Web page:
Recovery Tools

Aspects of Treatment: Abstinence

 

The Aspects of Recovery-Abstinence

 

The Aspects of Recovery are grouped into five areas:

  • Abstinence in recovery
    • Abstinence is more than just not using; it is about wanting not to drink or use, taking steps to protect yourself from others who actively drink or use, and asking for help when you are in danger of drinking or using.
  • Essentials of recovery
    • Willingness
      • Participating in your own recovery
    • Openness
      • Willing to talk to at least one person about what you are experiencing
    • Honesty
      • Avoid the three ‘E’s’:  don’t embellish, exaggerate or exonerate
  • Enriched recovery
    • Understanding individual reasons for use and making changes on a deeper level
  • Spirituality of recovery and
  • Uncommon elements of recovery
    • The culture, environment and beliefs of each individual not common, necessarily, to every person.

 

Abstinence in Recovery

 

ABSTINENCE

Abstinence is the first, and most important step in recovery.  Psychotropic drugs – any substance which affect a persons mental state -outside of a prescribed, monitored and strictly adhered to administration, must stop.  Definition:  The absence of substance use.

However, there are many different types of abstinence. Abstinence is typically interpreted as complete abstinence, but see  below:

  • Continuous abstinence: not consuming the drug of choice during a specified period of time
  • Essentially abstinent: not consuming more than a specified amount of the drug over a period of time
  • Minimal abstinence: achieving a minimal period of recovery during a period of time
  • Point-in-time abstinence: not consuming the drug of choice at a single point in time (e.g., the past 30 days)
  • Complete abstinence: continuous abstinence from all alcohol and other drugs
  • Involuntary abstinence: enforced abstinence due to hospitalization or incarceration

This is the first step, and only this first, step, is vital and concrete.  The decision to stop is a personal and individual choice, and many factors must be weighed and evaluated for your success.

The reasons behind your decision to enter into recovery may change and strengthen over time,  Many psychotropic drug have adverse side effects and withdrawal symptoms when the use has stopped.  Alcohol and benzodiazepines can have life threatening withdrawals and a medical consultation is strongly recommended.

One of the most devastating setbacks in starting recovery is returning to use and giving up, believing you are helpless in your addiction and trapped by your use.  This is not true!  The greatest deterrent to recovery are the symptoms of withdrawal, which can be unbearable.  Heroin withdrawals, while possibly not life threatening, can create such great discomfort that many people would benefit greatly from a medication assisted treatment program.  Please follow the link below for more information.

 

MAT programs, while restrictive, replace the need for heroin with methadone, which contains about a 30% opiate. Unlike Buprenorphine or Suboxone, which have ‘caps’ of efficacy, Methadone can be increased to meet the physical needs of powerful opioids.  This medication is highly effective for heroin withdrawal.  Once induction has been completed and a stable dose is achieved, a slow taper from the drug can begin.  At a stable dose, there is no ‘high’; and the recovering person functions normally in all areas.  Many nurses, doctors, drivers utilize this medication safely.  It is also safe during pregnancy.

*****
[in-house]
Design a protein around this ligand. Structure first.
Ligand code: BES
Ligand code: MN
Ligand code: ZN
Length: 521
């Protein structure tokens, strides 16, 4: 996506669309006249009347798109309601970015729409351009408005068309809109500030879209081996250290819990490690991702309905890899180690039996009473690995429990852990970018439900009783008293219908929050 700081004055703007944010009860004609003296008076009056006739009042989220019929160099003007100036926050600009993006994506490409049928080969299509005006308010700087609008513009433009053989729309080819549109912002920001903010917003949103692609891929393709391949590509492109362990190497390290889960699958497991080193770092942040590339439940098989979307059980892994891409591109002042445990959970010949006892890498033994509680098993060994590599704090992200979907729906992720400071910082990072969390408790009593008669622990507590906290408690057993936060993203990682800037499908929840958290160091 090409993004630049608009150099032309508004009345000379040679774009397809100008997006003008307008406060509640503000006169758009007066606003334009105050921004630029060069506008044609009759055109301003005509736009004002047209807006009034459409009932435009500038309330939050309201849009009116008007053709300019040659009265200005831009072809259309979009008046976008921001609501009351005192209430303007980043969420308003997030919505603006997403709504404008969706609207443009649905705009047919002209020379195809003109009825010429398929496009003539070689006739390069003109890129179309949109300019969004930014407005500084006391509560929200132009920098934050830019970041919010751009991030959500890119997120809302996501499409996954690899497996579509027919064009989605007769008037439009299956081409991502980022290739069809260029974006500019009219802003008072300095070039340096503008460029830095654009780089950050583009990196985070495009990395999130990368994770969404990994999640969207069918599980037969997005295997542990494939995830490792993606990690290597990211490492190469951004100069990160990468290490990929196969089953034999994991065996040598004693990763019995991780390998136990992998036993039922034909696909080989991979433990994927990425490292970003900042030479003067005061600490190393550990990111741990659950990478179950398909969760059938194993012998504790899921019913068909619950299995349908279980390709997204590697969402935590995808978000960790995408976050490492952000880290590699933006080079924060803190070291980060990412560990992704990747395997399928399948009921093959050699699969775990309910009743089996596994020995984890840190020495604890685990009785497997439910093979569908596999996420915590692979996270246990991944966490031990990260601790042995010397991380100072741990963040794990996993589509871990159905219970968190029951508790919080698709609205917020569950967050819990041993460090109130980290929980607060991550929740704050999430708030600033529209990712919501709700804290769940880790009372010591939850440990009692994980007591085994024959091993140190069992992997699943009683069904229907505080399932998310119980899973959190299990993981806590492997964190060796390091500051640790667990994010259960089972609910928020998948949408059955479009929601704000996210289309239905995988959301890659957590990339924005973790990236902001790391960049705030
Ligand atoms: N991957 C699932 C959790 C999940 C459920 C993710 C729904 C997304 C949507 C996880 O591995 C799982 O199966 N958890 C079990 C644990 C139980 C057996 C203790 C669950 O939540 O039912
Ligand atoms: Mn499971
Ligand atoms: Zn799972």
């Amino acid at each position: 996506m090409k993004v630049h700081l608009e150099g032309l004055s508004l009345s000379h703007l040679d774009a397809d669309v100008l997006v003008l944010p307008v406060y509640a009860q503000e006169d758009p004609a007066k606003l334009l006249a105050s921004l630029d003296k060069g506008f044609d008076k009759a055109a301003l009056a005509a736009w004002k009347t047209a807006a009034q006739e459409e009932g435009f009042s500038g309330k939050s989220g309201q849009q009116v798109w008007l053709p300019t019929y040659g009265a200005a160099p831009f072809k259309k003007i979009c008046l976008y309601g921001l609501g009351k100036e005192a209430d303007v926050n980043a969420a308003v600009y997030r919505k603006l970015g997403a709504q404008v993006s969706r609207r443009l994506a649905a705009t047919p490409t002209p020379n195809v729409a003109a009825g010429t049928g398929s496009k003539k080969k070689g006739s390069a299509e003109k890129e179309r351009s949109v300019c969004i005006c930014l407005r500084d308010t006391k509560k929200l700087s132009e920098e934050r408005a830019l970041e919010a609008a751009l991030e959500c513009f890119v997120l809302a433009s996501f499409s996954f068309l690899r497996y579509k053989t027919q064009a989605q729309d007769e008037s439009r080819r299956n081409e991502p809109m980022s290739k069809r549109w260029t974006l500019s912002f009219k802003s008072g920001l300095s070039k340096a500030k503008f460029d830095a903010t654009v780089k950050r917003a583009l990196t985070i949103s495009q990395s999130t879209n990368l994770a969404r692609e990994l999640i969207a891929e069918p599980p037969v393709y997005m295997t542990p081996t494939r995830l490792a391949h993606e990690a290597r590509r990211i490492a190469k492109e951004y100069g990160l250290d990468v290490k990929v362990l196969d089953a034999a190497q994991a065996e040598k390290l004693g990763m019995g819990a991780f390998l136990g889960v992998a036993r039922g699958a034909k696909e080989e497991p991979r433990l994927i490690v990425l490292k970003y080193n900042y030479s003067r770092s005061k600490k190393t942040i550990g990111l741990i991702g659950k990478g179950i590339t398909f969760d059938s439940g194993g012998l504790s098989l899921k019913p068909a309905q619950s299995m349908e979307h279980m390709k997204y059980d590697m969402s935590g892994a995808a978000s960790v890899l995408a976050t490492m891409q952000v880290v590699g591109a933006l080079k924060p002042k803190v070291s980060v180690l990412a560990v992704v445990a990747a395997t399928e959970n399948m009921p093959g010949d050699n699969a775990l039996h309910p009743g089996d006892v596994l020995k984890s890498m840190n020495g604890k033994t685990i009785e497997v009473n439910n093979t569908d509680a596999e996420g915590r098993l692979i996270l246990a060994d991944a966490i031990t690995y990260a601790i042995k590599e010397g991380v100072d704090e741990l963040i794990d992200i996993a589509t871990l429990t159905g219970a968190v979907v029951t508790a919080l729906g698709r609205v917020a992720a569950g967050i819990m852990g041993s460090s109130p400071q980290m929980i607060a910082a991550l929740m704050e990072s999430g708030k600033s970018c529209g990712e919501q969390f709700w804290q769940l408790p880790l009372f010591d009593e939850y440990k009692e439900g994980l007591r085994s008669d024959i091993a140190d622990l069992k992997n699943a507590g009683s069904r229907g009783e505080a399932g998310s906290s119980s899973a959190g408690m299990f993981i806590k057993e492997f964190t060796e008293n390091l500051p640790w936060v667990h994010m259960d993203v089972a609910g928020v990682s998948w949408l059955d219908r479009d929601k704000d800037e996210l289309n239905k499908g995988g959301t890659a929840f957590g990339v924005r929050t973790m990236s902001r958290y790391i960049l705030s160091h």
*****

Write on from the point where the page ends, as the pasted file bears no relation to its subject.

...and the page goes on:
Are You Ready To Think About Abstinence?

  1. Keep a log of when and how much you use. This will give you a better sense of the role using alcohol or drugs is playing in your life.
  2. List the pros and cons of quitting,(below), as well as the costs and benefits of continuing your drug use.
  3. Consider the things that are important to you, such as your partner, your kids, your pets, your career, or your health.
  4. How does your drug use affect those things?
  5. Ask someone you trust about their feelings on your drug use.
  6. Ask yourself if there’s anything preventing you from changing. What could help you make the change?

Drug of Use:

Why do you want to stop?

________________________________________________

Have you tried to stop before?

________________________________________________

What happens to you when you try?

________________________________________________

Is this prescribed?

________________________________________________

If yes, can you talk with your doctor first?

________________________________________________

Below, list the Pro’s and the Cons of use.  Include medical, financial, relationship issues

Pro’s

Cons

Pro’s

Cons

Pro’s

Cons

Pro’s

Cons

Pro’s

Cons

Pro’s

Cons

Pro’s

Cons

Things to Remember

  • Regardless of which stage of abstinence you begin, each step is a step forward.  Even if you use again, you have had a minute of peace.  Keep on quitting!
  • Choosing to stop using is not easy.  It is personal, emotional and involves great change.  It is also rewarding beyond your wildest dreams.
  • Consider engaging with a support group (follow the link below).  They are available on line or in person, and you will find support!